Toric Contact Lenses Your Option for Astigmatism

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Toric Contact Lenses Your Option for Astigmatism Powered By Docstoc
					Many eye doctors are asked the question: what is a stigmatism? The term for the
common vision problem is actually astigmatism; and can come from one of two
irregularities in the eye. The condition of astigmatism will oftentimes accompany
nearsightedness or farsightedness. The two types of astigmatism are corneal
astigmatism and lenticular astigmatism. In the first type, it is the cornea that is shaped
irregularly; in the second type, the irregular shape comes from the lens of the eye,
located behind the cornea.

In the past, contact lenses were not thought to be the best treatment for this eye
condition. Individuals with this condition would correct their vision problems with
bifocals or trifocal eyeglasses. But today, toric contact lenses are an effective
treatment option for many.

Toric contact lenses are made from the same materials as regular "spherical" lenses;
which means they can come in soft or RGP style. RGP are rigid gas permeable contact
lenses; modeled after the now obsolete hard contacs. Although this type is rigid, and
therefore "hard", oxygen can breathe through the lens and reach the eye itself.

The toric contact lenses worn today contain two powers within them. At different
angles in the lens, there are different curvatures built in. One curvature corrects
astigmatism while the other will correct either myopia (nearsightedness) or hyperopia
(farsightedness). Due to the distinct nature of toric contact lenses, proper orientation
on the eye is essential for them to do their job effectively.

This type of lens is created with extra weight on one side in order for there to be an
"up" and a "down" to the lens. By placing extra weight on one side, the lens will
orient itself correctly on the eye as blinking occurs. The invention of these weighted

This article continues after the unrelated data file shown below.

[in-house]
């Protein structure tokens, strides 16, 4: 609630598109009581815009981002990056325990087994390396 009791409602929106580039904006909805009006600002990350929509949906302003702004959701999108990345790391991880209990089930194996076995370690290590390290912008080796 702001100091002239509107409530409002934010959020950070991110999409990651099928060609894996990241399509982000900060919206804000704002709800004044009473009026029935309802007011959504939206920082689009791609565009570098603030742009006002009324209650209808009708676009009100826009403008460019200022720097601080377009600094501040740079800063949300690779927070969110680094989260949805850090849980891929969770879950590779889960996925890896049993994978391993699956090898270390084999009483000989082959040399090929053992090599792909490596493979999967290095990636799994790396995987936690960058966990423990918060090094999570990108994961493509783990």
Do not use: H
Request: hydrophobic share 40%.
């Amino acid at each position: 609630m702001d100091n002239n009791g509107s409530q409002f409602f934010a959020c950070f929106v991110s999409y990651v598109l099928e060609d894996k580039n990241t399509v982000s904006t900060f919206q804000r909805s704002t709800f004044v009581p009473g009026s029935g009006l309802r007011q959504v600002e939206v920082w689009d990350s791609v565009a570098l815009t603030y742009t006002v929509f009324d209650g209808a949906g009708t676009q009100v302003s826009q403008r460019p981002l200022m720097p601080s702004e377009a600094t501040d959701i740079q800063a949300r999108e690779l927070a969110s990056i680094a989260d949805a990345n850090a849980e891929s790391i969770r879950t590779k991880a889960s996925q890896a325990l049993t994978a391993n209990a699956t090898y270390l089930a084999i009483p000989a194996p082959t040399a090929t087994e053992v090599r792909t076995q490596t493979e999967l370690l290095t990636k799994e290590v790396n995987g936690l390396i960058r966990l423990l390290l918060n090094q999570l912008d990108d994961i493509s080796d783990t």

contact lenses facilitates correct wear without extra effort on the part of the wearer.

Toric contact lenses require extra time in fitting and creation. They are therefore more
expensive than most standard forms of contact lenses. However, when considering
this type of contact lens for your astigmatism, you cannot compare these lenses to the
price of standard contacts. Your comparison would be to the cost and efficiency of
bifocal or trifocal glasses instead.

When choosing whether to purchase soft or RGP contact lenses to correct astigmatism,
the main question that typically comes into play is comfort vs. clarity. For the most
part, those who wear soft contact lenses prefer the comfort they receive from them.
The clarity in vision between soft and RGP is not even noticed by most. There are
patients, however, who are pickier about their vision. Perhaps those who perform
intricate close-up work would prefer the RGP type of contact lens. While this "hard"
lens is not as comfortable as a soft lens, the clarity for some people is worth the
difference.
Astigmatism is not a reason to be burdened with poor vision. Through a thorough
exam and diagnosis with your eye doctor, astigmatism can be treated with great
effectiveness and you can see clearly for many years.

				
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